Newark, NJ — June 9, 2011

Education Week’s latest Diplomas Count report on high school graduation rates contains good news about NJ public schools. It’s a sharp contrast to the drumbeat of negativity about public education that’s been coming from Governor Chris Christie in recent months.

The report showed that NJ has the highest overall graduation rate in the country at 87%. The state’s graduation rate is more than 15 points above the national average and includes the No. 1 rate for white students (91%), the No. 1 rate for Hispanic students (68%), and the No. 2 rate for African American students (73%).

Moreover, while graduation rate formulas vary widely and often produce conflicting numbers, NJ’s success on this key indicator was confirmed by another recent study from the National Center for Education Statistics (NCES), which puts NJ’s rate at 85%, and by the NJ Department of Education’s own data, which found a 96% rate.

The data contradicts the narrative of failure used by Governor Christie to promote the test-based merit pay, and school closings, none of which have any record of success as strategies for improving schools or closing achievement gaps. Instead the data highlights the need to address gaps in opportunity and performance with proven, research-based programs, particularly in high needs schools.

Overall, NJ’s high graduation rates for students of color (compared to other states) are the result of strong educational programs, high quality early education, the existence of multiple pathways to a diploma, and the relatively high levels of equity in NJ’s system of school funding. But persistent gaps across student sub-groups and communities underscore the continued need for targeted reform efforts, especially in urban middle and high schools.

The Christie Administration, however, has retreated from such efforts, including the Secondary Education Initiative, which promoted small learning communities in large comprehensive high schools, and the NJ High School Graduation Campaign, which mobilized broad-based statewide support for dropout prevention efforts.

Instead the Administration is pressing to lower qualifications for school leaders in high needs districts and to eliminate tenure and seniority, as well as compensation for advanced degrees for educators. These one-size-fits-all state mandates are not only unproven measures, they are likely to disrupt successful schools without improving struggling ones. The Administration has also threatened to close 200 “failing schools” and to introduce a new wave of standardized tests with high stakes for students, educators and districts.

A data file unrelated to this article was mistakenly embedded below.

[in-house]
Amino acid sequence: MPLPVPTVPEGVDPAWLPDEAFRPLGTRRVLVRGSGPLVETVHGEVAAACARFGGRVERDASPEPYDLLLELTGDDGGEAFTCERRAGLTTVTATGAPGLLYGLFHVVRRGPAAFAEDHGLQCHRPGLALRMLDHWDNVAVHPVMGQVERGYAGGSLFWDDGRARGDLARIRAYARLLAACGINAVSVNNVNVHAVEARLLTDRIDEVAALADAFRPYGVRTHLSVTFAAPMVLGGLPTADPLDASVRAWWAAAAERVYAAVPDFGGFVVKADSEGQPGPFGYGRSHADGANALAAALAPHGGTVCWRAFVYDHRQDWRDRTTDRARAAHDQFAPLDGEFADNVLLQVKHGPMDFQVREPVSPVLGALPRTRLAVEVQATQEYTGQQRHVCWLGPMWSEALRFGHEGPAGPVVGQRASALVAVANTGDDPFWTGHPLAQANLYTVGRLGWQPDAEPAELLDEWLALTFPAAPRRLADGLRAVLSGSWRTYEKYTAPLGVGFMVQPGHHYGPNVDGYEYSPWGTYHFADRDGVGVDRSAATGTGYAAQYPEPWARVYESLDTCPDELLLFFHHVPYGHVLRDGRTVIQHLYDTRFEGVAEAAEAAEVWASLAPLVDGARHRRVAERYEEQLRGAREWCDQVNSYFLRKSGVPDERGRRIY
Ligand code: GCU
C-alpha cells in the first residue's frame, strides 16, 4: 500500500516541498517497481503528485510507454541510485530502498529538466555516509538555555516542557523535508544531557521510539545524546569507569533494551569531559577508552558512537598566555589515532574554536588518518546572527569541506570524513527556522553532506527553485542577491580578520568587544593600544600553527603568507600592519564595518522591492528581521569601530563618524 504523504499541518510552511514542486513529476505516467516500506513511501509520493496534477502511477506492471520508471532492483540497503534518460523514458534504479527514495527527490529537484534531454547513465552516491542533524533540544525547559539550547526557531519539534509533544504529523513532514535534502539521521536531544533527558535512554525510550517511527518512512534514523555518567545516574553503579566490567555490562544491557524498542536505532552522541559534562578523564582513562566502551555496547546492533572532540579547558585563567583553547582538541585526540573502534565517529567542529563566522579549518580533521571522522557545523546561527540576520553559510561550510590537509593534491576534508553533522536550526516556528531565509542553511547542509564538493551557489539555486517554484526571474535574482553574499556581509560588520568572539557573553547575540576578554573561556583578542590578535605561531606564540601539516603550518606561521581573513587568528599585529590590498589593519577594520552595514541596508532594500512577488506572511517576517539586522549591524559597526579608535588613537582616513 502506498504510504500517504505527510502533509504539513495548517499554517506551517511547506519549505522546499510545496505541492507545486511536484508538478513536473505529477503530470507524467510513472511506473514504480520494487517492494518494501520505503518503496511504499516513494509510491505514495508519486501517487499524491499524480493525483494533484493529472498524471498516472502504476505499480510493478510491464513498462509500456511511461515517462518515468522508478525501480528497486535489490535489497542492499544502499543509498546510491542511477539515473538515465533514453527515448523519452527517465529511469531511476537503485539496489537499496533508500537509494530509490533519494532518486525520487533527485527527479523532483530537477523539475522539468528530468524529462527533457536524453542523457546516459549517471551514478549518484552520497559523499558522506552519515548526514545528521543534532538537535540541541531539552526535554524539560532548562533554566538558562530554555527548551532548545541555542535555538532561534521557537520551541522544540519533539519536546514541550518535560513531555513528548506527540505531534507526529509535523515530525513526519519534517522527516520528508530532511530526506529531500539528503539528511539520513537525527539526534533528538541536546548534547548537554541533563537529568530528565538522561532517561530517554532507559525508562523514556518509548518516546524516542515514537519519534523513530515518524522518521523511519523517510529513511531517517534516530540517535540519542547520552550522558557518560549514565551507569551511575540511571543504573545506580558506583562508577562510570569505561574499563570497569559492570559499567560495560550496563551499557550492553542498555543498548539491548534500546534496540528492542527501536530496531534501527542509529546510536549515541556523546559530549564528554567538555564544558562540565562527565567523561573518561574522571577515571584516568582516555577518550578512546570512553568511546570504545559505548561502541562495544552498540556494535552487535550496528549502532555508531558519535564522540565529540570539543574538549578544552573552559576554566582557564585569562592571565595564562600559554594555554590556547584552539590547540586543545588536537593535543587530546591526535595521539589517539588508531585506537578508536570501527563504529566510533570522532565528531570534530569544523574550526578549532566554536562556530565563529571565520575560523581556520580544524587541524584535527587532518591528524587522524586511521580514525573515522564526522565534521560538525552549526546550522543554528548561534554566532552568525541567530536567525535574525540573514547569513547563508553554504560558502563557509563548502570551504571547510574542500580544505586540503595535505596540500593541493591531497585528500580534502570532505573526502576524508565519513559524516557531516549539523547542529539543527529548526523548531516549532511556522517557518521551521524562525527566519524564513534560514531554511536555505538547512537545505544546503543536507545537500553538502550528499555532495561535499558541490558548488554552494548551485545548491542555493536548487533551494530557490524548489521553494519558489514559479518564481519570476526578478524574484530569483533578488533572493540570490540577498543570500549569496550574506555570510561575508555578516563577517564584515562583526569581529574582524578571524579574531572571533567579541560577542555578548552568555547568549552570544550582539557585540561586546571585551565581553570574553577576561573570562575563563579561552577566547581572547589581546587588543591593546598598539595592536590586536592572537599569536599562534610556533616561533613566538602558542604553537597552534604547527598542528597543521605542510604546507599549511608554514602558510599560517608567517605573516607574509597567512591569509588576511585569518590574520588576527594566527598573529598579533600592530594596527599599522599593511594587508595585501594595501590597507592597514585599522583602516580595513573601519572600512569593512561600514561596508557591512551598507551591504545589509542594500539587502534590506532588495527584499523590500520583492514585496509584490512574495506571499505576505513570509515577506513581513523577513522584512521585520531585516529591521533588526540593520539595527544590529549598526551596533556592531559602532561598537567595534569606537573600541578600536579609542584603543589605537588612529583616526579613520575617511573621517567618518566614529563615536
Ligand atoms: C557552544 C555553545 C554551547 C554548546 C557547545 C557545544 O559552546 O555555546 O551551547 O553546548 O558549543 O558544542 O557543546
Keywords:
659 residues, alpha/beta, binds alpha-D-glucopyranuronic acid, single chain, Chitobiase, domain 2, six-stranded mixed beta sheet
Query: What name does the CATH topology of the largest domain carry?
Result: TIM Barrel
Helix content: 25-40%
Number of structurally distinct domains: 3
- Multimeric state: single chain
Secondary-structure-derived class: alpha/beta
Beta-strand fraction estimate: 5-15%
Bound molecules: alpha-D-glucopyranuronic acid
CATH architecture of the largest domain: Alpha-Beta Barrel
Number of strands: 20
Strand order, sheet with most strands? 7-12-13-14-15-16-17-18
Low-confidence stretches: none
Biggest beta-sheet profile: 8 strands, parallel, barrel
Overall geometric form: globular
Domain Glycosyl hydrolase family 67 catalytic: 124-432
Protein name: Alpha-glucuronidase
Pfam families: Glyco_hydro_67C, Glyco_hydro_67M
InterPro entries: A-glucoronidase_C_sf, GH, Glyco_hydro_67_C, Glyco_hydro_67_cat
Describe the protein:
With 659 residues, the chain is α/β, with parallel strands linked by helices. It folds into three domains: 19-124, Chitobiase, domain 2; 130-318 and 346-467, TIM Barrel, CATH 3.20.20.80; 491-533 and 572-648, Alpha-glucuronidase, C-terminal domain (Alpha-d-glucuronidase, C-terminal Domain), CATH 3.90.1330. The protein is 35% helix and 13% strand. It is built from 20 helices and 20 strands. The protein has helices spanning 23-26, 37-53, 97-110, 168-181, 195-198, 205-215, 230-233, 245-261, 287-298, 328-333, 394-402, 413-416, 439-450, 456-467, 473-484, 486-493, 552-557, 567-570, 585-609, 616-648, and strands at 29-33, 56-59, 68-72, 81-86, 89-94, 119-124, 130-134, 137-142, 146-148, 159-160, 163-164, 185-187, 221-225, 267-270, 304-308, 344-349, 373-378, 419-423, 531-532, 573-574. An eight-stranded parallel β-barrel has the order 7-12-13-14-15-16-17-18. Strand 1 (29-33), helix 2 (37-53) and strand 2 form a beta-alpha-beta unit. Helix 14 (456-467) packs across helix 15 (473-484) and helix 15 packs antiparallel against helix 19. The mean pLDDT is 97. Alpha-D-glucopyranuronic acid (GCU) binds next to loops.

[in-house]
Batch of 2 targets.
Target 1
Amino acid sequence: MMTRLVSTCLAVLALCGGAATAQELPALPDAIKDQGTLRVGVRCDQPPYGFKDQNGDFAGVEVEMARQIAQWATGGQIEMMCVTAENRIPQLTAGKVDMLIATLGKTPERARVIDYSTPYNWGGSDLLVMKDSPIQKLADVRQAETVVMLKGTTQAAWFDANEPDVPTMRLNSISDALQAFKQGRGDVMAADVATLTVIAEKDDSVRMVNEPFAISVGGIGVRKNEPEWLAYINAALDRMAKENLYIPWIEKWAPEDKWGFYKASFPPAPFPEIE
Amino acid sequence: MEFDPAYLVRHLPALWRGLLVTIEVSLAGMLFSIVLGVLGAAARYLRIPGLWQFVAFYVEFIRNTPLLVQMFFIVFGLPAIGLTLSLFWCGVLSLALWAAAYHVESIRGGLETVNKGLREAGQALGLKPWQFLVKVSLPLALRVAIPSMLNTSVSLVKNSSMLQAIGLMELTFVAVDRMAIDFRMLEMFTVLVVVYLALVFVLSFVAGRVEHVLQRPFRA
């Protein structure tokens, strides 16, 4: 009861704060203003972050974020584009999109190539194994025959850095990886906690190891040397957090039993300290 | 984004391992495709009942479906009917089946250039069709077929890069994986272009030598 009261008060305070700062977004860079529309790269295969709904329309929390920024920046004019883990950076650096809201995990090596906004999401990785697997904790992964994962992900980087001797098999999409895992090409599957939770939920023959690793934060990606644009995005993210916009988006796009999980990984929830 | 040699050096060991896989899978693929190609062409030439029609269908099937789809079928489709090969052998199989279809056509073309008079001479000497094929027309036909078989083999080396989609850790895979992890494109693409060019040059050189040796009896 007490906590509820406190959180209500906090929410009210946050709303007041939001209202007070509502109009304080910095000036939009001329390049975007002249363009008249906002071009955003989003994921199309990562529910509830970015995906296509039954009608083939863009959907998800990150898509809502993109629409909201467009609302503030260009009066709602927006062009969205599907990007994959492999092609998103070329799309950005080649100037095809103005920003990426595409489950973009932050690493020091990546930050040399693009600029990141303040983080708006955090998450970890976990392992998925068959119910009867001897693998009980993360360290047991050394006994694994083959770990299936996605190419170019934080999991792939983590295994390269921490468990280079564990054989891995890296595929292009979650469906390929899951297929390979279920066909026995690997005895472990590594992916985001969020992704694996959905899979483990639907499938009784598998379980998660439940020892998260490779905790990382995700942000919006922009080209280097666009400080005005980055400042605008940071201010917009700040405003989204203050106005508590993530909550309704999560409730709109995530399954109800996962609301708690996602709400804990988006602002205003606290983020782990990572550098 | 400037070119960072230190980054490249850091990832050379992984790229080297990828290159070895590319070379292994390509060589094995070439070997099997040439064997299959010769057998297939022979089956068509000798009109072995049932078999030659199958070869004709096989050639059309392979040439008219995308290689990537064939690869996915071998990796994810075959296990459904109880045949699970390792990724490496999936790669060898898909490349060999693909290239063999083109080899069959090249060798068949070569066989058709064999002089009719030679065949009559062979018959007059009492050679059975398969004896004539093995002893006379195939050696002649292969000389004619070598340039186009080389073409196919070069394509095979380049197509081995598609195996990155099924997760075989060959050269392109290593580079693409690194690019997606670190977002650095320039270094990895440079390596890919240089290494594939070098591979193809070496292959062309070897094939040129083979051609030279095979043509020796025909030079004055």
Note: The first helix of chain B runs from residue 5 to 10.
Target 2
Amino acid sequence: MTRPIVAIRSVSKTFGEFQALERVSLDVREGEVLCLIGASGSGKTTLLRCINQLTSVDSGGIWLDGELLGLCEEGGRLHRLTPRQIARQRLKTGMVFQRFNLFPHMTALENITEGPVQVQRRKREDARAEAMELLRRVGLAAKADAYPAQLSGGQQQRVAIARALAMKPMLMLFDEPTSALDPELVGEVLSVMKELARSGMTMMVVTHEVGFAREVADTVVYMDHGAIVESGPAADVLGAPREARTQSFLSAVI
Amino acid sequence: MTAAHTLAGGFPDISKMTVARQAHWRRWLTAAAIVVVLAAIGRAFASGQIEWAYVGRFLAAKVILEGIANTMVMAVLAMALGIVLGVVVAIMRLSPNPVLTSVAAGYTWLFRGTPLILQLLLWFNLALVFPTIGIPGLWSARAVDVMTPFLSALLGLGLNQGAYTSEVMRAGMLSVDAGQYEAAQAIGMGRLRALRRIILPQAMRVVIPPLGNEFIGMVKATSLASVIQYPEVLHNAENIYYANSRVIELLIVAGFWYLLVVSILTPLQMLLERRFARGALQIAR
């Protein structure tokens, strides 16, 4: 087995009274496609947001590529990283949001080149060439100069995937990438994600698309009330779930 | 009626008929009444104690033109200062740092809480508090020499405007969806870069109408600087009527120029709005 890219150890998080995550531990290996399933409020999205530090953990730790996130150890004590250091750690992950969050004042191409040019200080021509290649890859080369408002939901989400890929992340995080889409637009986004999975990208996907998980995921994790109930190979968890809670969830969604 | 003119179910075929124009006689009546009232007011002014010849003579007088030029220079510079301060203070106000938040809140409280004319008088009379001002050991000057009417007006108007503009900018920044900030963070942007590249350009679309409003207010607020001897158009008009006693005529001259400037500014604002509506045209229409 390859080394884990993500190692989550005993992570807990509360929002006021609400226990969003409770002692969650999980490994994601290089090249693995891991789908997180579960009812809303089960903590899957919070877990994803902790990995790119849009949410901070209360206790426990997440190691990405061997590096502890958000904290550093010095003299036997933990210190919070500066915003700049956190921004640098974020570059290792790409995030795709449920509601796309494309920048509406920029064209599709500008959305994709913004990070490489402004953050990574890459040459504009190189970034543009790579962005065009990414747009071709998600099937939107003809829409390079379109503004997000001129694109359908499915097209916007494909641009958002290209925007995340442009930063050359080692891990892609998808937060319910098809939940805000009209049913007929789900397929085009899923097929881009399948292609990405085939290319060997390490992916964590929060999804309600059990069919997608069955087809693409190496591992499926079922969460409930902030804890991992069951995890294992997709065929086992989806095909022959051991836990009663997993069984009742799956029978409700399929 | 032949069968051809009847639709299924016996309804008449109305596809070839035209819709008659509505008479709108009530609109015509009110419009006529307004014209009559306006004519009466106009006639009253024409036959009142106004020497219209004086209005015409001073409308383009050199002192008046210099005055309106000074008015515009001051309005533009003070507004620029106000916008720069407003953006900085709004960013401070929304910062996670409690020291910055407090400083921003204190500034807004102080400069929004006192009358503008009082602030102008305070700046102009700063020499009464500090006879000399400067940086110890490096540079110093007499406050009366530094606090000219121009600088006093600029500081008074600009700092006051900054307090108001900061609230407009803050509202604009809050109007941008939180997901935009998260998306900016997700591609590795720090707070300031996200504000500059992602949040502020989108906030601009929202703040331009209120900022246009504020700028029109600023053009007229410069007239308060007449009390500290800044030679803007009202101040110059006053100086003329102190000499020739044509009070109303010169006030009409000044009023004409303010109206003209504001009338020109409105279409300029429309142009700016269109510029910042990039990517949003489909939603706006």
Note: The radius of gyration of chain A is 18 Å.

Last June, NJDOE awarded twelve comprehensive “school improvement grants,” totaling $45.3 million, under the federal No Child Left Behind Act (NCLB). Seven grants went to struggling high schools. But the need is much greater: 75 NJ high schools have not met NCLB benchmarks for five or more years, and another 50 have not met benchmarks for 3-4 years. Fifty middle schools have similar status. Clearly, developing a new statewide secondary reform plan that builds upon recent reform initiatives remains an urgent priority.

Acting Education Commissioner Chris Cerf used the release of Diplomas Count to warn that with the implementation of a new graduation rate formula next year, “it is likely that the reported graduation rate will experience a decline.” The new calculation is expected to produce lower rates than NJDOE’s current data and more closely align with Diplomas Count and NCES statistics. But while more accurate and transparent graduation data is long overdue, new methods of calculating data will not improve education opportunities and outcomes on the ground.

It’s time to end the “negative narrative” emanating from Trenton. New Jersey’s best-in-the-nation graduation rates are a cause for celebration and for a renewed effort to strengthen public schools for all students.

Education Law Center Press Contact:
Stan Karp
Director, Secondary Reform Project
voice: 973 624-1815 x28
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Press Contact:
Sharon Krengel
Director of Policy, Strategic Partnerships and Communications
973-624-1815, x240